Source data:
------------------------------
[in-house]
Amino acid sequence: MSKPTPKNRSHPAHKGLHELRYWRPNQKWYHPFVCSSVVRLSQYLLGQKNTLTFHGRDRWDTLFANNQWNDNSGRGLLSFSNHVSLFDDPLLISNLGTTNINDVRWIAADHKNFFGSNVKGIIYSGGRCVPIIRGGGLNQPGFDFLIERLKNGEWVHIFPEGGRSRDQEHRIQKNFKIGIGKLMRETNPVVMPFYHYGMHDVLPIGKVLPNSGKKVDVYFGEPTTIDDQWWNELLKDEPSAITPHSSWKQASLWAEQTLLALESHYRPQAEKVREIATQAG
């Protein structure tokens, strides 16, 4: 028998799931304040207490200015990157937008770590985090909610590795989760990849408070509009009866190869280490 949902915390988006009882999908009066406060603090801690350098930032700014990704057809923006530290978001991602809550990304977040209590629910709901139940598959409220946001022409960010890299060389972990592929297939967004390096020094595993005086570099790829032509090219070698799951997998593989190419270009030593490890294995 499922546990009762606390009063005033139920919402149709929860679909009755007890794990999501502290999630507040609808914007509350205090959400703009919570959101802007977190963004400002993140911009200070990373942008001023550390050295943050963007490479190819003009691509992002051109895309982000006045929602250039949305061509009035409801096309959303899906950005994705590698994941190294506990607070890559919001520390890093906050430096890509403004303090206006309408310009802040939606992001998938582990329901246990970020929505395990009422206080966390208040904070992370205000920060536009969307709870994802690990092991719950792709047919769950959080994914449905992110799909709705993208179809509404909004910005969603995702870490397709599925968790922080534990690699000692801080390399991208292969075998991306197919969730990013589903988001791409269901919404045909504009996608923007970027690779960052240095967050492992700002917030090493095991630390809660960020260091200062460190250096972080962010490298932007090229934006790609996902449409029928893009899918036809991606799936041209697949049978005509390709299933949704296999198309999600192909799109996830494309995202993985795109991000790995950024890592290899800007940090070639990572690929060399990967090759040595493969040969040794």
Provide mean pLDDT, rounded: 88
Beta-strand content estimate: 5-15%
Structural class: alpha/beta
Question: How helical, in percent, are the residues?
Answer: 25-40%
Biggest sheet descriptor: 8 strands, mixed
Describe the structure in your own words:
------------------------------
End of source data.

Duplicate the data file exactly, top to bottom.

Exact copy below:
[in-house]
Amino acid sequence: MSKPTPKNRSHPAHKGLHELRYWRPNQKWYHPFVCSSVVRLSQYLLGQKNTLTFHGRDRWDTLFANNQWNDNSGRGLLSFSNHVSLFDDPLLISNLGTTNINDVRWIAADHKNFFGSNVKGIIYSGGRCVPIIRGGGLNQPGFDFLIERLKNGEWVHIFPEGGRSRDQEHRIQKNFKIGIGKLMRETNPVVMPFYHYGMHDVLPIGKVLPNSGKKVDVYFGEPTTIDDQWWNELLKDEPSAITPHSSWKQASLWAEQTLLALESHYRPQAEKVREIATQAG
């Protein structure tokens, strides 16, 4: 028998799931304040207490200015990157937008770590985090909610590795989760990849408070509009009866190869280490 949902915390988006009882999908009066406060603090801690350098930032700014990704057809923006530290978001991602809550990304977040209590629910709901139940598959409220946001022409960010890299060389972990592929297939967004390096020094595993005086570099790829032509090219070698799951997998593989190419270009030593490890294995 499922546990009762606390009063005033139920919402149709929860679909009755007890794990999501502290999630507040609808914007509350205090959400703009919570959101802007977190963004400002993140911009200070990373942008001023550390050295943050963007490479190819003009691509992002051109895309982000006045929602250039949305061509009035409801096309959303899906950005994705590698994941190294506990607070890559919001520390890093906050430096890509403004303090206006309408310009802040939606992001998938582990329901246990970020929505395990009422206080966390208040904070992370205000920060536009969307709870994802690990092991719950792709047919769950959080994914449905992110799909709705993208179809509404909004910005969603995702870490397709599925968790922080534990690699000692801080390399991208292969075998991306197919969730990013589903988001791409269901919404045909504009996608923007970027690779960052240095967050492992700002917030090493095991630390809660960020260091200062460190250096972080962010490298932007090229934006790609996902449409029928893009899918036809991606799936041209697949049978005509390709299933949704296999198309999600192909799109996830494309995202993985795109991000790995950024890592290899800007940090070639990572690929060399990967090759040595493969040969040794």
Provide mean pLDDT, rounded: 88
Beta-strand content estimate: 5-15%
Structural class: alpha/beta
Question: How helical, in percent, are the residues?
Answer: 25-40%
Biggest sheet descriptor: 8 strands, mixed
Describe the structure in your own words: